Wednesday, February 2, 2011
Full Sail Brewing Top Sail Bourbon Barrel Aged Porter
So, last November came the big moment when I poured my Full Sail. I waited until Ohio State was playing a big game against Iowa and I could spend some time alone at home with this beer. My experience with Founders Kentucky Breakfast Stout taught me that bourbon beers are nothing to be messed with and the Top Sail came in a large format bottle. This beer was going to occupy my attention for a while. Even though this was to be pure enjoyment, I had my notepad ready. Beers boasting 10% alcohol make you quickly forget things. What was my high school girlfriend's name again? Wait. Where did I go to high school? You get the idea.
Anyway, on to the review. As you can see above, I poured this into an upright goblet. I wanted a vertical glass so as to boast this beer's commanding toffee colored head. And it helped me re-create Shaun's infamous photo, still haunting me at the time. Aromas of oatmeal, dark chocolate, and bread streamed out as if one of the Cascades erupted. An opaque, mysterious substance lies underneath, waiting, challenging you to enter the depths. There's no turning back.
Top Sail's mouthfeel is moderate and somewhat syrupy but never overtly dense. Unlike Port's Older Viscosity and Lost Abbey's Angel's Share, the substantial carbonation as suggested by the head engages your mouth through each sip. There's a dizzying array of flavors. Dark chocolate is present. There's also oatmeal, licorice, coffee, caramel, and dark roast. The bourbon flavor arrives late toward the finish and its smoky notes and odor build up after a while, and more so as the beer warms. The finish is roasty and slightly sweet with a slight burn of alcohol. Top Sail leaves incredible khaki colored lacing on the glass, like windswept snow against windowpanes. The aforementioned head never disappears.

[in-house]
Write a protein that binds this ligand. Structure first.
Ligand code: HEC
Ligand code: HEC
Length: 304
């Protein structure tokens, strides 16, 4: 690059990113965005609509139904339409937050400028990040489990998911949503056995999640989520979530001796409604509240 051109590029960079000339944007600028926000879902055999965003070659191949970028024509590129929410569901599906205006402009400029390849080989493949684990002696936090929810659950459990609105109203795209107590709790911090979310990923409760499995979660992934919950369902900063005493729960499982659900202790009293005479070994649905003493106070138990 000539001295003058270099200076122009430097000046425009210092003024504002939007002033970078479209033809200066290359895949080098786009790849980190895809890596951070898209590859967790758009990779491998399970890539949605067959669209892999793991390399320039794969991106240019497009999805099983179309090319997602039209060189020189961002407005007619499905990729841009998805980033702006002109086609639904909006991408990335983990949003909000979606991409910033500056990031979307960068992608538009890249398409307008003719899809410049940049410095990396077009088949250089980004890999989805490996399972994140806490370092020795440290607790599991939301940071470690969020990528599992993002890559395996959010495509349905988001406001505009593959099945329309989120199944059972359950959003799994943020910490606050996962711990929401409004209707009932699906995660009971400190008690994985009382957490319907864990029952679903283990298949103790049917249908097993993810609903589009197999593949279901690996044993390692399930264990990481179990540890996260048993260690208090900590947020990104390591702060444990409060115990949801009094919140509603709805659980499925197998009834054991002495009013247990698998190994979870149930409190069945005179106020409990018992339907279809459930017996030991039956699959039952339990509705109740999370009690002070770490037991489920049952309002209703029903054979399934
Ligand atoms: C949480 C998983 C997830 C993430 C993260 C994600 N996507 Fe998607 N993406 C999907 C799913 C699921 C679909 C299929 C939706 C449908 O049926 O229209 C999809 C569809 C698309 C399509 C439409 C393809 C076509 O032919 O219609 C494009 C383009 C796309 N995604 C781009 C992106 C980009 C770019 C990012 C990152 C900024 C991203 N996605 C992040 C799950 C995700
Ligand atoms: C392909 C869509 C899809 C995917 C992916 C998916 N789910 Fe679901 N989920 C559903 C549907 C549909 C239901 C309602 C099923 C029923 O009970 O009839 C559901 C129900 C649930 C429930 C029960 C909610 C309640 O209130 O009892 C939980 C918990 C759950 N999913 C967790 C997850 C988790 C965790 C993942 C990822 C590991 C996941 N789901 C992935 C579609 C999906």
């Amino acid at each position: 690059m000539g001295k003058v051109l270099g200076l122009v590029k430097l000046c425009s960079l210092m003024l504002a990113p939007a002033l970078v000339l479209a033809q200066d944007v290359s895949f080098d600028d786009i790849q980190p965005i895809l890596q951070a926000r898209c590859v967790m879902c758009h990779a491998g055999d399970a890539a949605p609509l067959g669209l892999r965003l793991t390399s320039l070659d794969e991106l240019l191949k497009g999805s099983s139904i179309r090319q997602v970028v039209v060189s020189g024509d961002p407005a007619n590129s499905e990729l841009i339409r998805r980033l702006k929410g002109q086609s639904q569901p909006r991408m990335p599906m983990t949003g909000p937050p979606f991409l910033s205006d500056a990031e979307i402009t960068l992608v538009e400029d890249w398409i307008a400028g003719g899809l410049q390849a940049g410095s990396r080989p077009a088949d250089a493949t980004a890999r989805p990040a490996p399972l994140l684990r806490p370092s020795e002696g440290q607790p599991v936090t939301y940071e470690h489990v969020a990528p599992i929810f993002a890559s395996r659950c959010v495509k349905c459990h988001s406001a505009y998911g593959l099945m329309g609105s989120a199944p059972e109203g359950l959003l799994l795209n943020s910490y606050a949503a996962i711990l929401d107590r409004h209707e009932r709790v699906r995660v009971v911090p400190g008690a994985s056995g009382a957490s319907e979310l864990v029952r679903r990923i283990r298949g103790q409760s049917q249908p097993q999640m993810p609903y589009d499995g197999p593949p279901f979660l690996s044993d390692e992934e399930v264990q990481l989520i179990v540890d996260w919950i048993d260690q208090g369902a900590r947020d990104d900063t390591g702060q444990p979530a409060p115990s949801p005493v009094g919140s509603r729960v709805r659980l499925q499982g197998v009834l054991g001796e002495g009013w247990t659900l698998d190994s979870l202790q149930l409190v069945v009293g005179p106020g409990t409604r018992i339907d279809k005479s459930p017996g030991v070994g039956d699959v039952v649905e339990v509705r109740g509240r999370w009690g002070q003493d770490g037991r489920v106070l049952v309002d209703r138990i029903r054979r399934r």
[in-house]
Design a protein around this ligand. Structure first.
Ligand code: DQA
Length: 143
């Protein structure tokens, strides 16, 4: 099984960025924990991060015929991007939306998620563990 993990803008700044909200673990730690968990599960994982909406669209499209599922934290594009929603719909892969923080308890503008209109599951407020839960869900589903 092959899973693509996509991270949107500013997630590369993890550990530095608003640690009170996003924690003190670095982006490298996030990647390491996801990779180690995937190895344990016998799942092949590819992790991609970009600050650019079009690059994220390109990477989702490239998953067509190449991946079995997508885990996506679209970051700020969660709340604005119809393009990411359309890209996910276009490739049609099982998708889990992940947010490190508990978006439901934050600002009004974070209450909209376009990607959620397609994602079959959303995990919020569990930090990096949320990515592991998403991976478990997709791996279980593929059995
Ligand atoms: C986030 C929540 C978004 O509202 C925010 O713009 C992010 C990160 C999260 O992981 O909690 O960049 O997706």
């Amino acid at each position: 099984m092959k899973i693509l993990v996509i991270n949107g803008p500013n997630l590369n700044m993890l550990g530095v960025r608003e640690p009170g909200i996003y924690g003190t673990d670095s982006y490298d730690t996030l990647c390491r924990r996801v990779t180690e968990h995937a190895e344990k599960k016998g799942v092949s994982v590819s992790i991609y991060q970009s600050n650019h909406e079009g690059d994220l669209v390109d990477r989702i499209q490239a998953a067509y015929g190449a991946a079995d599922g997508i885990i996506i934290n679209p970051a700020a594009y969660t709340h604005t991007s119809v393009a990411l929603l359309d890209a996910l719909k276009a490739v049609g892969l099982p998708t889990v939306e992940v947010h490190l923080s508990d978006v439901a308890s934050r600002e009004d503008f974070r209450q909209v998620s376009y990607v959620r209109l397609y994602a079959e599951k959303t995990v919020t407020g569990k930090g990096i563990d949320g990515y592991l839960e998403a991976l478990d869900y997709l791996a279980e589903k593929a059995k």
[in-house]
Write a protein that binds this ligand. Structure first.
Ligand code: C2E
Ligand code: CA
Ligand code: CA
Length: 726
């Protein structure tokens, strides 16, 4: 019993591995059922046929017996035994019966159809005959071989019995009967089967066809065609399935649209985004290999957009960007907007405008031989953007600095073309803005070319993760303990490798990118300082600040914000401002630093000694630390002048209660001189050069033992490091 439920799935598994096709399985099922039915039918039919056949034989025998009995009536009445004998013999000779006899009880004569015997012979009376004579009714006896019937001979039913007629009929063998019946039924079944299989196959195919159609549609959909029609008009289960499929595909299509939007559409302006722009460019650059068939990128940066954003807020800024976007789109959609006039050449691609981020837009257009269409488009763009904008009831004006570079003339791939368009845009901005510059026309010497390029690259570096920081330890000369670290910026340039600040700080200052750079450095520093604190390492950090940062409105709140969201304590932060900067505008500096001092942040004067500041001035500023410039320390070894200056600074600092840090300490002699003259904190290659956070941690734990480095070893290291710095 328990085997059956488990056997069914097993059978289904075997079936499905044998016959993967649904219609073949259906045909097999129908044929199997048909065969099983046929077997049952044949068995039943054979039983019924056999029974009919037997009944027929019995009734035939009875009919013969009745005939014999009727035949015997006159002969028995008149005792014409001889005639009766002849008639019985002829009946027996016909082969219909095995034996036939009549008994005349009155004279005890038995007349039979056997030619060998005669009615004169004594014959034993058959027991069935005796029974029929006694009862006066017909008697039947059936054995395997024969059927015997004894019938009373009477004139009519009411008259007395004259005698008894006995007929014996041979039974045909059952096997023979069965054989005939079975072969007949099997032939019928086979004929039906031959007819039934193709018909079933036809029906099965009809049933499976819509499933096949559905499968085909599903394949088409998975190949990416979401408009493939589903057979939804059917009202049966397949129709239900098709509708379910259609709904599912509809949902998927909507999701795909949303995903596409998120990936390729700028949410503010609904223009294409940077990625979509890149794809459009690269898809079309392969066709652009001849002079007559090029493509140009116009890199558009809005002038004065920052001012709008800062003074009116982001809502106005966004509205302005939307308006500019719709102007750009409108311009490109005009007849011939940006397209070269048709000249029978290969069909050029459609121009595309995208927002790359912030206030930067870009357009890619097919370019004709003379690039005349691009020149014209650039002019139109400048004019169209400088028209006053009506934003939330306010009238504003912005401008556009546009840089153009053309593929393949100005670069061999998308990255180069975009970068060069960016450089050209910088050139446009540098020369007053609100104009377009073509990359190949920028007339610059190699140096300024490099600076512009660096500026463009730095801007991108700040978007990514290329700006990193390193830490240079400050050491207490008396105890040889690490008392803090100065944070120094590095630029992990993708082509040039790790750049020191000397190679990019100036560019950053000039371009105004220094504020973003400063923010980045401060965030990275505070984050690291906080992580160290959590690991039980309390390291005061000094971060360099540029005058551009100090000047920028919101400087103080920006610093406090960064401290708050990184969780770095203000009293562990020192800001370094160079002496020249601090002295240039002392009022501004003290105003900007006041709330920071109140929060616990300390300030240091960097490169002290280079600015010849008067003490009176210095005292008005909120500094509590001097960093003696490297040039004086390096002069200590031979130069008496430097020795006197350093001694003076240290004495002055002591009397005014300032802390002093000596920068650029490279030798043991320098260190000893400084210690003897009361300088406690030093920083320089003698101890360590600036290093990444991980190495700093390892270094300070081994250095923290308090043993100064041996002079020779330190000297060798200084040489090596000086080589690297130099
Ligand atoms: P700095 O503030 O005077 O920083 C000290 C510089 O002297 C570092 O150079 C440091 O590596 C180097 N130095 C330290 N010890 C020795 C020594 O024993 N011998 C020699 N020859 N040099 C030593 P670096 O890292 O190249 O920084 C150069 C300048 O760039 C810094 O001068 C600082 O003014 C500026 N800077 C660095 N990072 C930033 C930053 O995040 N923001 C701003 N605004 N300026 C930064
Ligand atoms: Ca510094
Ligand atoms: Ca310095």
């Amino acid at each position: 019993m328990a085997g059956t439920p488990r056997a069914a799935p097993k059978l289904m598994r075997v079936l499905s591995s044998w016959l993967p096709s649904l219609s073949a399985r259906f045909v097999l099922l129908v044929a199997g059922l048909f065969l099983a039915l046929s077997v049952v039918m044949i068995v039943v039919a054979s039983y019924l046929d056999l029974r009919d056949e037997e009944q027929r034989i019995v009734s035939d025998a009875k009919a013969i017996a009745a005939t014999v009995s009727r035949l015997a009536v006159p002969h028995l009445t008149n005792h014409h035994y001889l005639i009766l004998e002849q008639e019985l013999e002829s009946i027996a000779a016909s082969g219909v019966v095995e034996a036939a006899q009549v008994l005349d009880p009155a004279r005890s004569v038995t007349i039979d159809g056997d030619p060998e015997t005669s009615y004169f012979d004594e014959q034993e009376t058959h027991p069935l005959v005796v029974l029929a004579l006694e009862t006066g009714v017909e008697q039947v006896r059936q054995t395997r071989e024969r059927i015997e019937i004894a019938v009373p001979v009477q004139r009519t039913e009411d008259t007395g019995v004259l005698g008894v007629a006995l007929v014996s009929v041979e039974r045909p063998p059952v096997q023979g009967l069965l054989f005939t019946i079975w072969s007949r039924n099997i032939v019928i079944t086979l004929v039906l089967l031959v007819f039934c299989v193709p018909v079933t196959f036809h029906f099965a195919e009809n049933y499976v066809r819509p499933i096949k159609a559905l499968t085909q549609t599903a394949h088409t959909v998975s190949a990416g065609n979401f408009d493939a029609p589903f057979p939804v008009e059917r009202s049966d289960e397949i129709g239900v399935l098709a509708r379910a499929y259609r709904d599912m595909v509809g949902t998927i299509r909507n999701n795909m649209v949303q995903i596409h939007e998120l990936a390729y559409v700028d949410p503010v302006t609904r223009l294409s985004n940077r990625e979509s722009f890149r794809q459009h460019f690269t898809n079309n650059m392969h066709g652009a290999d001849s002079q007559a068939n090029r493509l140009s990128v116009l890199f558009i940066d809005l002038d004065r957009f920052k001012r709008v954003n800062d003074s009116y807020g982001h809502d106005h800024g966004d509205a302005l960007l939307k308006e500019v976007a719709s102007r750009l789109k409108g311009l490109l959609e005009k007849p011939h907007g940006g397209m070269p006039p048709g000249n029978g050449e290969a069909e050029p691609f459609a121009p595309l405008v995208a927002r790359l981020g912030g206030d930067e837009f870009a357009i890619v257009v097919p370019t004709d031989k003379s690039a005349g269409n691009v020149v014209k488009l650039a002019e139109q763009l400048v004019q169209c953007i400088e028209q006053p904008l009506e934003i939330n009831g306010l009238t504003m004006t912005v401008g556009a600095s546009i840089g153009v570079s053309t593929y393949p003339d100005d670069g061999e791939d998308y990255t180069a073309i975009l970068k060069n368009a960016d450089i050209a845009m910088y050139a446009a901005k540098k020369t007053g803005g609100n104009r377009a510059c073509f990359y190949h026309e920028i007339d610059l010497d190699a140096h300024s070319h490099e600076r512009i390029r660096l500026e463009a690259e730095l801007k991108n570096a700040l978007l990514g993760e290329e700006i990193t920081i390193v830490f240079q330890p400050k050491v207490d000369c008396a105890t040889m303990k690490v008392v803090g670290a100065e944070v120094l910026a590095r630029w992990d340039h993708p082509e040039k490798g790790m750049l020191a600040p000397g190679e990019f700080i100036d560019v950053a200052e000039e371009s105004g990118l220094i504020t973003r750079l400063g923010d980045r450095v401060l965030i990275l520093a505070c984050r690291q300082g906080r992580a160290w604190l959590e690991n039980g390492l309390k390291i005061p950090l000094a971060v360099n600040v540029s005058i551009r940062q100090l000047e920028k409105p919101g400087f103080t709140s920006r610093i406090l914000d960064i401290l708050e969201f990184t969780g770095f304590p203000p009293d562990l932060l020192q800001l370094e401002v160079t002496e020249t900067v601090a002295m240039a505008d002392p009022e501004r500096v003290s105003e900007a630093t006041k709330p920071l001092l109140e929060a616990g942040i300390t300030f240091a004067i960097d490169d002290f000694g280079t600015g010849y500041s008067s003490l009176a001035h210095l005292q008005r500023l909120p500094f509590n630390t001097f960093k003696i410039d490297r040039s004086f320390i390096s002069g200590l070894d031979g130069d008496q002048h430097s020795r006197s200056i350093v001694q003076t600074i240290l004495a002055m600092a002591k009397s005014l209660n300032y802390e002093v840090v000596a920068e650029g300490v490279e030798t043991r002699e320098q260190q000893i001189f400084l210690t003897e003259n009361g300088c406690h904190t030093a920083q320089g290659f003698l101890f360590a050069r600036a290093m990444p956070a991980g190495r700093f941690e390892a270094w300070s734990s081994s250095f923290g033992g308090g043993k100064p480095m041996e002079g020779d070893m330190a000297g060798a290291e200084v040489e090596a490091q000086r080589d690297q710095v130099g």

Top Sail is stated to reside at 9.85% and probably does. Upon finishing this I felt a deep, mellow buzz but was never underwater.
This is a remarkable beer and quite an achievement in brewing. The integration of flavors is magnificent as it seamlessly transitions from what appears to be a bitter chocolate porter to a bourbon aged stout on the finish. There's little else in its class.
PROS: You'll want one every week and you won't want to share it with your beer geek friends.
CONS: Your beer geek friends will hate you, you cad, because you won't be able to resist telling them about it. You still won't share.
VERDICT: If any beer is worth becoming a friendless recluse over, it's this one. That's what TiVo is for.